JERUSALEM (Reuters) - Israeli Prime Minister Benjamin Netanyahu was forced on Wednesday to deny a report his government had approved a shipment of weapons to Palestinian security forces after hard-right ministers in his coalition expressed outrage.
Israel's Army Radio reported that the United States had supplied 1,500 assault rifles to Palestinian security services in the occupied West Bank with Israel approving the deal on condition the weapons be used against the militant Hamas and Islamic Jihad groups.
Hardline Security Minister Itamar Ben-Gvir, whose party backs policies favouring nationalist settler groups, reacted angrily, demanding that Netanyahu issue a public denial, while his coalition ally, Finance Minister Bezalel Smothrich, was reported by Israeli media to be "seething".
"Mr Prime Minister, if you do not assure (us), in your own voice, that the reports about handing over weapons to the Palestinian Authority's terrorists are wrong - it will have consequences," Ben-Gvir said in a statement.
In a video he sent out on his social media accounts, Netanyahu dismissed the report as "fake news" but said the government had approved the transfer of a number of armoured vehicles, which had been agreed by the previous government.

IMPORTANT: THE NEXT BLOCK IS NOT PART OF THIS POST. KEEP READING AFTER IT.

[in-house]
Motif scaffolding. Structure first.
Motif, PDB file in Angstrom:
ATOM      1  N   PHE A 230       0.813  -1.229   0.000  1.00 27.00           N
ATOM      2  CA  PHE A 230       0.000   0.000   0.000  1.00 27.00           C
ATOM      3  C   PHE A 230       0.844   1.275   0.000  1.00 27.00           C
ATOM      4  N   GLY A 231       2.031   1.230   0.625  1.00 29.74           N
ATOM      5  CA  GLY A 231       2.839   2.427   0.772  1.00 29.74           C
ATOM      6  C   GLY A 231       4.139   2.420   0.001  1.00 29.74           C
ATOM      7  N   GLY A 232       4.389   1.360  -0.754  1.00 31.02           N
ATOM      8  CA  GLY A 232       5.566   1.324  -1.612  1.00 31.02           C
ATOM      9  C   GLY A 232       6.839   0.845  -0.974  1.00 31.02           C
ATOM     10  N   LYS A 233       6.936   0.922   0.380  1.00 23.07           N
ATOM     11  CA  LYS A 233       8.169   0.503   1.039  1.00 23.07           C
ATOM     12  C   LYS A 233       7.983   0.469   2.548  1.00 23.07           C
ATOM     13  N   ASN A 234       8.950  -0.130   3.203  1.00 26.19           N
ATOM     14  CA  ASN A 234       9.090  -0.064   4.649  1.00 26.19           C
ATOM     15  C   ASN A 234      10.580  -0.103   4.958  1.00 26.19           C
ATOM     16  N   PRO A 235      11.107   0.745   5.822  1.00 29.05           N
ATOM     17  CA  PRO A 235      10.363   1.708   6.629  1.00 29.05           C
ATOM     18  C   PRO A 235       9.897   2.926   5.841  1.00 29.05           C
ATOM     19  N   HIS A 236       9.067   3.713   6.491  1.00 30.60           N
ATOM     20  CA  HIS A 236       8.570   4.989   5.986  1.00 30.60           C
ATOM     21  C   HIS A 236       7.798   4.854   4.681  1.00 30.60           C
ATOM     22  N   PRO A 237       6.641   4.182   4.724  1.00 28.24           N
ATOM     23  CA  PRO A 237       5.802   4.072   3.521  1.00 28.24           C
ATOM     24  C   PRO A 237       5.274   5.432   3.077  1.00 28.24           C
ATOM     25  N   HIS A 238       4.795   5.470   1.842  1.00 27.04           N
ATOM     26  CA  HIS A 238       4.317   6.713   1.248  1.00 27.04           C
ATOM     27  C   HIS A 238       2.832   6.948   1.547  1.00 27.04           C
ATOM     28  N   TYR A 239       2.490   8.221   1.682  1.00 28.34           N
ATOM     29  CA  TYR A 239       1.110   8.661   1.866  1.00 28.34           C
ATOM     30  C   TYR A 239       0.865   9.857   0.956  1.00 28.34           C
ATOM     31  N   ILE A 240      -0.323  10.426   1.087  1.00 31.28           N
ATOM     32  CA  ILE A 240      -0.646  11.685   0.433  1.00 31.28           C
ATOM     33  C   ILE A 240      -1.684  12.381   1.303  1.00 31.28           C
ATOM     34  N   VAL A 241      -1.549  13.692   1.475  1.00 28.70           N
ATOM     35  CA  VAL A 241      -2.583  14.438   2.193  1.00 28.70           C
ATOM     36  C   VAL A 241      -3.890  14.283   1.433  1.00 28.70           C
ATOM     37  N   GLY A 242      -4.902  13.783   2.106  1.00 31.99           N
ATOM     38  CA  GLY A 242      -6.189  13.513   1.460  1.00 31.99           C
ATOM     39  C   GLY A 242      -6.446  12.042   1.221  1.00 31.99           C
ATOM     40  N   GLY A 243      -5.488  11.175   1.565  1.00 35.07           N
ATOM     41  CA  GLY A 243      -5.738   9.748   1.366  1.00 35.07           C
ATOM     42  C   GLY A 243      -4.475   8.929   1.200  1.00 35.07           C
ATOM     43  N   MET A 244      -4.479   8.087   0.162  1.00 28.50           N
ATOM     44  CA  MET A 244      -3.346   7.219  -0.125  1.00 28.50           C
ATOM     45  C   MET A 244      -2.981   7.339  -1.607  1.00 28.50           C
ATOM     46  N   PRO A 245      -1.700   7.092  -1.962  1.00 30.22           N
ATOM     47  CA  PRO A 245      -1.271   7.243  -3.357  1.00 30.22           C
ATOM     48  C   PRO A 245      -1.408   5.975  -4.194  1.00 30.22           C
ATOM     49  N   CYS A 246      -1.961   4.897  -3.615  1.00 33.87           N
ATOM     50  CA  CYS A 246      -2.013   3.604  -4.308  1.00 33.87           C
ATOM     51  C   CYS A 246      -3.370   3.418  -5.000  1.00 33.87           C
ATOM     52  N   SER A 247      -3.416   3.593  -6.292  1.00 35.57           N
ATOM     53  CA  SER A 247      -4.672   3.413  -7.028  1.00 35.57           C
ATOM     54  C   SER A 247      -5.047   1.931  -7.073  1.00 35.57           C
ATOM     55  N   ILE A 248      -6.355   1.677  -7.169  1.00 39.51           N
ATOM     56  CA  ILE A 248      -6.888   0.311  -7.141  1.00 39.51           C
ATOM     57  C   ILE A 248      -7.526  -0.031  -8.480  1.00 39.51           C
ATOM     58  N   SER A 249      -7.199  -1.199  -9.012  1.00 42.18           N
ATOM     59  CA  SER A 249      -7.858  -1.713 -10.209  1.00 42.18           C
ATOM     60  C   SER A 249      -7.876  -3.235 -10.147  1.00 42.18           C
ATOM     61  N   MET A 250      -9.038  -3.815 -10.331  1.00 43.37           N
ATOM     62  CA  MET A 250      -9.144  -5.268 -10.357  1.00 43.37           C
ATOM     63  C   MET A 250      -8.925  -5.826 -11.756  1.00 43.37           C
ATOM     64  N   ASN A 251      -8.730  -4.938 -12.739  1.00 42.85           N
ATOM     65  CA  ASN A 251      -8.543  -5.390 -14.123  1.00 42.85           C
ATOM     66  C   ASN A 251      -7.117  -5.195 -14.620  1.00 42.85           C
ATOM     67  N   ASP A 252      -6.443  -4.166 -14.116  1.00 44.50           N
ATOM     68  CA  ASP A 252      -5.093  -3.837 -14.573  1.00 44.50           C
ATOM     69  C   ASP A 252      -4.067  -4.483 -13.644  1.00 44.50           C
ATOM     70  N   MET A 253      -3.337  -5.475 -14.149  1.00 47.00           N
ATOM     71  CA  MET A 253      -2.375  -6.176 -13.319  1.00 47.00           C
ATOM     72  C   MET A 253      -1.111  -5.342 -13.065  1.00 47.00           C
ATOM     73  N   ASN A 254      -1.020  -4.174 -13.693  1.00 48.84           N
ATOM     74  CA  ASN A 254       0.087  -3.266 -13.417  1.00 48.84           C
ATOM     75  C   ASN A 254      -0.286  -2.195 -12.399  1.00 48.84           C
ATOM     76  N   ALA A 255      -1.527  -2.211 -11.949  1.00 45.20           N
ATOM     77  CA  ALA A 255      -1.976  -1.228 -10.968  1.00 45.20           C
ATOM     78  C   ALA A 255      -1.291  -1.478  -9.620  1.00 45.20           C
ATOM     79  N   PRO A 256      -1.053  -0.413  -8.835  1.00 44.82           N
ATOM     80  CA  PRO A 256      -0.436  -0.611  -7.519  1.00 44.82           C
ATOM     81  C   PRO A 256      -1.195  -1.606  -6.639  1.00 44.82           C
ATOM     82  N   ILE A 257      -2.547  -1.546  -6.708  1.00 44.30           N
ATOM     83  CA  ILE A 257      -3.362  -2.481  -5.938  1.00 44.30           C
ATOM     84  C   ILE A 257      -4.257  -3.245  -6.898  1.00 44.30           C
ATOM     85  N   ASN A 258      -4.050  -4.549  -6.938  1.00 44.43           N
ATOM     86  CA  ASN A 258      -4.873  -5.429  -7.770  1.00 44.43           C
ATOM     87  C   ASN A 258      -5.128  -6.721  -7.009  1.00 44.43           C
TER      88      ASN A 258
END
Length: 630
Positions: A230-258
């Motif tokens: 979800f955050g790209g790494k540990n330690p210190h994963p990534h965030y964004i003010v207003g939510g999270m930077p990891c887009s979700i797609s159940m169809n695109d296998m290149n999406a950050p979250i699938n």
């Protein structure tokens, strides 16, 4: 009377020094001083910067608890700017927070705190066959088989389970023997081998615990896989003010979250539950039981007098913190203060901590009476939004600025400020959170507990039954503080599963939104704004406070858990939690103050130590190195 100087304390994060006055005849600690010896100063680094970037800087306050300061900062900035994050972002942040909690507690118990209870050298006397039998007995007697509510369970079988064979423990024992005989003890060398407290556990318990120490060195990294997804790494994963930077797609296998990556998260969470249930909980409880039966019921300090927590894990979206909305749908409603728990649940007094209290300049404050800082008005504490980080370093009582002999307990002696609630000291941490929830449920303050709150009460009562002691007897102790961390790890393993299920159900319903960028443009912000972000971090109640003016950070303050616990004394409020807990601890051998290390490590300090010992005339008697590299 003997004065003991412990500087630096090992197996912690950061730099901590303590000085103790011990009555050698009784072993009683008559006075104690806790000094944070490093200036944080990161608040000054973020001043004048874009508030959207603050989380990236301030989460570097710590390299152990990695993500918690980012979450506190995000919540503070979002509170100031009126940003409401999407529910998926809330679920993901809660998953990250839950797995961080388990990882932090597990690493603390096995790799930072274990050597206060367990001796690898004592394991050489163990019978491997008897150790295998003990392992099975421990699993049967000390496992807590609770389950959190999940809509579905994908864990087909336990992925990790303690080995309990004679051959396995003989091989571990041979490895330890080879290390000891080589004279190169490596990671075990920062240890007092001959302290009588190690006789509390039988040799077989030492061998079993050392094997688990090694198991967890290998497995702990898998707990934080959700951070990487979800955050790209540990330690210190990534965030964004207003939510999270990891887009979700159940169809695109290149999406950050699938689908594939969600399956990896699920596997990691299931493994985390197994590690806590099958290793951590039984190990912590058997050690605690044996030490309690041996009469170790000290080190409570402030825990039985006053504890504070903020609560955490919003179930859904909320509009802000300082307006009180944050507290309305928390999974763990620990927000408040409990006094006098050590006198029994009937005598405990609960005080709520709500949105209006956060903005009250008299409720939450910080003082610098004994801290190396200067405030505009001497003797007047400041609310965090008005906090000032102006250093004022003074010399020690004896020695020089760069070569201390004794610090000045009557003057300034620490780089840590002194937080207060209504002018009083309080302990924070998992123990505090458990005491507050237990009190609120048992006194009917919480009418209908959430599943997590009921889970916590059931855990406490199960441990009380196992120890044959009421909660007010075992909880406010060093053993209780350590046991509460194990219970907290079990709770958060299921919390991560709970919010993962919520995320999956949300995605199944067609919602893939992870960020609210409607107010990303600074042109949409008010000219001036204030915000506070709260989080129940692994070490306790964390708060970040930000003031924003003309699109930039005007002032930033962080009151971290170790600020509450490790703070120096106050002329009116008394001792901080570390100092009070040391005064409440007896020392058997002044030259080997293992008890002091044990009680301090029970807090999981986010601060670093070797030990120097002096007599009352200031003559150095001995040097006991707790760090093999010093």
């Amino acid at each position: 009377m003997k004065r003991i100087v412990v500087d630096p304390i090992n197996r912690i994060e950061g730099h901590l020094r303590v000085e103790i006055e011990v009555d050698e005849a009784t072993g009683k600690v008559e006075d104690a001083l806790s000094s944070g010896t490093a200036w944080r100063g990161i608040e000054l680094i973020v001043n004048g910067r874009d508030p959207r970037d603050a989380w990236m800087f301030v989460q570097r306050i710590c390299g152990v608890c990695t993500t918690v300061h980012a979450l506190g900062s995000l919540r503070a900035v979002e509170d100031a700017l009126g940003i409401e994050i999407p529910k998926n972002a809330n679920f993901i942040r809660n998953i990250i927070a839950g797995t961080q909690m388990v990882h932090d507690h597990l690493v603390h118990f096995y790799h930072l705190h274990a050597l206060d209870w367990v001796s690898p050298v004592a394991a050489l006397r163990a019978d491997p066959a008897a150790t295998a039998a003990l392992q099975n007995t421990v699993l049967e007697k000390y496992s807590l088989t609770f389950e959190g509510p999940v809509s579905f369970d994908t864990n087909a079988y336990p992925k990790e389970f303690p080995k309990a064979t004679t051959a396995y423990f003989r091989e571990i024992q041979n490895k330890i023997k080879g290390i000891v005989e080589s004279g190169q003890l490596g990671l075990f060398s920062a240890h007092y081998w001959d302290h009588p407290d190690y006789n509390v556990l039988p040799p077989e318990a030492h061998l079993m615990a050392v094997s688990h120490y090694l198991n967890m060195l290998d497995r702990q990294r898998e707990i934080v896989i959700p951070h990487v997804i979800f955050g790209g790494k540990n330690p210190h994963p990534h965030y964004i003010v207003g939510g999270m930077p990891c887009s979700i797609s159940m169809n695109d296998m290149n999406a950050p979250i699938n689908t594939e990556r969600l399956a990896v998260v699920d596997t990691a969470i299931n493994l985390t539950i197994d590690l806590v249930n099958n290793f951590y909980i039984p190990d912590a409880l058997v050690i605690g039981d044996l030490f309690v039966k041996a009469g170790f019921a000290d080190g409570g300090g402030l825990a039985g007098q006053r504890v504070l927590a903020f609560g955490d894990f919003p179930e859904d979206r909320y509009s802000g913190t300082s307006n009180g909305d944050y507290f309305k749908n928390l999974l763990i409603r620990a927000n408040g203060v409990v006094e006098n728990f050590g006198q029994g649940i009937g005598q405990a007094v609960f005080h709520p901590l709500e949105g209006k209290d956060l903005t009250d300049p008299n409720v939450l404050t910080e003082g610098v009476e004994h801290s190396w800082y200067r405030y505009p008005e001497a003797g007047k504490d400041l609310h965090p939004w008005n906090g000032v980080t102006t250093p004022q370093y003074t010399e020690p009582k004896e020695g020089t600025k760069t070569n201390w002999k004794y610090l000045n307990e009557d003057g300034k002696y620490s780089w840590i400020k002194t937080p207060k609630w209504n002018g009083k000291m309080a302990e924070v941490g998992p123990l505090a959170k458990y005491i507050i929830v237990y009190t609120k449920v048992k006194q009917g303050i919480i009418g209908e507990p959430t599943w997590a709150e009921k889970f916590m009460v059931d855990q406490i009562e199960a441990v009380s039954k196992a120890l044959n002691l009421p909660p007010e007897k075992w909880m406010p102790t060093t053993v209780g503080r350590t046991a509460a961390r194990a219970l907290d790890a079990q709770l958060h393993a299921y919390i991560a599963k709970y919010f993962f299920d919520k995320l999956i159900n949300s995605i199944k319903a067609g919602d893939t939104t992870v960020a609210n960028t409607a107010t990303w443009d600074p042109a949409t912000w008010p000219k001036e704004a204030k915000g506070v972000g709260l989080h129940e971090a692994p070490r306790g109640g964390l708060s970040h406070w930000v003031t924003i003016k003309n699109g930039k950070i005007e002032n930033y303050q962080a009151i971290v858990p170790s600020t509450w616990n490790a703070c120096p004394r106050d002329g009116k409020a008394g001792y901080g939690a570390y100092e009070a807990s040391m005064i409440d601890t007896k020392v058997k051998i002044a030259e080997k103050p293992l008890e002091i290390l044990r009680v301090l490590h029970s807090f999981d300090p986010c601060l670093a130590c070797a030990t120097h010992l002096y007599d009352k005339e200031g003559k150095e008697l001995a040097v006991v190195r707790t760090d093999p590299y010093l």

"That is what was done. Not military armoured vehicles, not tanks, not AK-47s, nothing," he said.
A spokesperson for the Palestinian security services, Talal Dweikat, denied the report on WAFA official news agency, saying that the Palestinian Authority received no equipment through Israel.
A U.S. embassy spokesperson also denied the report, saying "U.S. security assistance to the Palestinian Authority (PA) does not include provision of weapons or ammunition to the PA security forces".
The incident, 30 years after the signing of the Oslo Accords that created the Palestinian Authority (PA), underlined the tensions that have appeared in Netanyahu's religious-nationalist coalition amid spiralling violence across the West Bank.
Israel has demanded sweeping crackdowns by the Palestinian Authority, which exercises limited governance in some of the main centres of militant activity such as the northern West Bank cities of Jenin and Nablus. In turn, the PA accuses Israel of undermining its credibility and making it impossible to act against heavily armed militant groups, many supported by Iran.
The Islamist group Hamas condemned the reports of military aid to the Palestinian security services, saying the move aimed to "strengthen these apparatuses to confront the escalating resistance in the West Bank."
(Reporting by Dan Williams in Jerusalem and Ali Sawafta in Ramallah; Writing by James Mackenzie; Editing by William Maclean)